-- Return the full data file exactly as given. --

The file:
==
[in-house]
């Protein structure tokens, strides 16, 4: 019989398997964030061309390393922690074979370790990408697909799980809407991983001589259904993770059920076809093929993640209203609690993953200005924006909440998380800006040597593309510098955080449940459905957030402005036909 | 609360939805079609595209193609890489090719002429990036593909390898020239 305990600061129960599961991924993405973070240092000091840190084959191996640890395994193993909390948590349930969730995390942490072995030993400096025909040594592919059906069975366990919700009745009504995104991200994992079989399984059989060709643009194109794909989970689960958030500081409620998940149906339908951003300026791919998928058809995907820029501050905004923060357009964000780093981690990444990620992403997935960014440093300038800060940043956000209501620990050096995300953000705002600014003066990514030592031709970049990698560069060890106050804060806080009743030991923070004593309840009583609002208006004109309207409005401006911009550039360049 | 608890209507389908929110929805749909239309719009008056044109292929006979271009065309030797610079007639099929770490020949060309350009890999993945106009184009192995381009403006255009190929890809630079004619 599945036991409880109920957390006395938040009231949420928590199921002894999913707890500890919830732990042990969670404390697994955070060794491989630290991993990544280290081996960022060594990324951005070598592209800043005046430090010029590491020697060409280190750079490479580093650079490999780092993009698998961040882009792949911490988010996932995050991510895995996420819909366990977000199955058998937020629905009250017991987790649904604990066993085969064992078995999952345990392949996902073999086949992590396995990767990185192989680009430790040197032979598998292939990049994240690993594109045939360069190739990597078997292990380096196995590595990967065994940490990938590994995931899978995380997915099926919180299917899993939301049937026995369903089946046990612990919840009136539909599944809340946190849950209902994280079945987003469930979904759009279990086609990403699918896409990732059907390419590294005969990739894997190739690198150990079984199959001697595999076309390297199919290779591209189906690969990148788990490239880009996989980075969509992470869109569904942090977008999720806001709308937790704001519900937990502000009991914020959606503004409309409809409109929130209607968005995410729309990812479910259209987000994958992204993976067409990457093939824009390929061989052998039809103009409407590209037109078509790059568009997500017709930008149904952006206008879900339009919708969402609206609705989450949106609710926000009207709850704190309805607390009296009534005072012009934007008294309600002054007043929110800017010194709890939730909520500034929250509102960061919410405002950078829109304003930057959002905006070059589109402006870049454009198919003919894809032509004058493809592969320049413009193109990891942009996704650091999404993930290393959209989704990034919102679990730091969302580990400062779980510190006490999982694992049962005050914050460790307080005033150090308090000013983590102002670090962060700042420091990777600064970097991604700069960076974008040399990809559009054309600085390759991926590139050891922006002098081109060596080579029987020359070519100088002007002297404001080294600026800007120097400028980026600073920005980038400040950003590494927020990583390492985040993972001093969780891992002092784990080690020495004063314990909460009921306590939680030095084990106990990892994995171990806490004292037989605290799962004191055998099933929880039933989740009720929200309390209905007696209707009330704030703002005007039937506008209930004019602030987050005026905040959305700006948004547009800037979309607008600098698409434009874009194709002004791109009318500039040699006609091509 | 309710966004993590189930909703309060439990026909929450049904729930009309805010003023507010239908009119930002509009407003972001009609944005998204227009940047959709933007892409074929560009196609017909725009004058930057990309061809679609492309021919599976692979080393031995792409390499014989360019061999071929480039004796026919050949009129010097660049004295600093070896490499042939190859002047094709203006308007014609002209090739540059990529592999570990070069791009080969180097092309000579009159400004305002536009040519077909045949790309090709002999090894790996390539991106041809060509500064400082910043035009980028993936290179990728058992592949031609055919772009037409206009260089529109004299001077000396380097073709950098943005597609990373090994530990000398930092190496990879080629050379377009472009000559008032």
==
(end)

[in-house]
């Protein structure tokens, strides 16, 4: 019989398997964030061309390393922690074979370790990408697909799980809407991983001589259904993770059920076809093929993640209203609690993953200005924006909440998380800006040597593309510098955080449940459905957030402005036909 | 609360939805079609595209193609890489090719002429990036593909390898020239 305990600061129960599961991924993405973070240092000091840190084959191996640890395994193993909390948590349930969730995390942490072995030993400096025909040594592919059906069975366990919700009745009504995104991200994992079989399984059989060709643009194109794909989970689960958030500081409620998940149906339908951003300026791919998928058809995907820029501050905004923060357009964000780093981690990444990620992403997935960014440093300038800060940043956000209501620990050096995300953000705002600014003066990514030592031709970049990698560069060890106050804060806080009743030991923070004593309840009583609002208006004109309207409005401006911009550039360049 | 608890209507389908929110929805749909239309719009008056044109292929006979271009065309030797610079007639099929770490020949060309350009890999993945106009184009192995381009403006255009190929890809630079004619 599945036991409880109920957390006395938040009231949420928590199921002894999913707890500890919830732990042990969670404390697994955070060794491989630290991993990544280290081996960022060594990324951005070598592209800043005046430090010029590491020697060409280190750079490479580093650079490999780092993009698998961040882009792949911490988010996932995050991510895995996420819909366990977000199955058998937020629905009250017991987790649904604990066993085969064992078995999952345990392949996902073999086949992590396995990767990185192989680009430790040197032979598998292939990049994240690993594109045939360069190739990597078997292990380096196995590595990967065994940490990938590994995931899978995380997915099926919180299917899993939301049937026995369903089946046990612990919840009136539909599944809340946190849950209902994280079945987003469930979904759009279990086609990403699918896409990732059907390419590294005969990739894997190739690198150990079984199959001697595999076309390297199919290779591209189906690969990148788990490239880009996989980075969509992470869109569904942090977008999720806001709308937790704001519900937990502000009991914020959606503004409309409809409109929130209607968005995410729309990812479910259209987000994958992204993976067409990457093939824009390929061989052998039809103009409407590209037109078509790059568009997500017709930008149904952006206008879900339009919708969402609206609705989450949106609710926000009207709850704190309805607390009296009534005072012009934007008294309600002054007043929110800017010194709890939730909520500034929250509102960061919410405002950078829109304003930057959002905006070059589109402006870049454009198919003919894809032509004058493809592969320049413009193109990891942009996704650091999404993930290393959209989704990034919102679990730091969302580990400062779980510190006490999982694992049962005050914050460790307080005033150090308090000013983590102002670090962060700042420091990777600064970097991604700069960076974008040399990809559009054309600085390759991926590139050891922006002098081109060596080579029987020359070519100088002007002297404001080294600026800007120097400028980026600073920005980038400040950003590494927020990583390492985040993972001093969780891992002092784990080690020495004063314990909460009921306590939680030095084990106990990892994995171990806490004292037989605290799962004191055998099933929880039933989740009720929200309390209905007696209707009330704030703002005007039937506008209930004019602030987050005026905040959305700006948004547009800037979309607008600098698409434009874009194709002004791109009318500039040699006609091509 | 309710966004993590189930909703309060439990026909929450049904729930009309805010003023507010239908009119930002509009407003972001009609944005998204227009940047959709933007892409074929560009196609017909725009004058930057990309061809679609492309021919599976692979080393031995792409390499014989360019061999071929480039004796026919050949009129010097660049004295600093070896490499042939190859002047094709203006308007014609002209090739540059990529592999570990070069791009080969180097092309000579009159400004305002536009040519077909045949790309090709002999090894790996390539991106041809060509500064400082910043035009980028993936290179990728058992592949031609055919772009037409206009260089529109004299001077000396380097073709950098943005597609990373090994530990000398930092190496990879080629050379377009472009000559008032």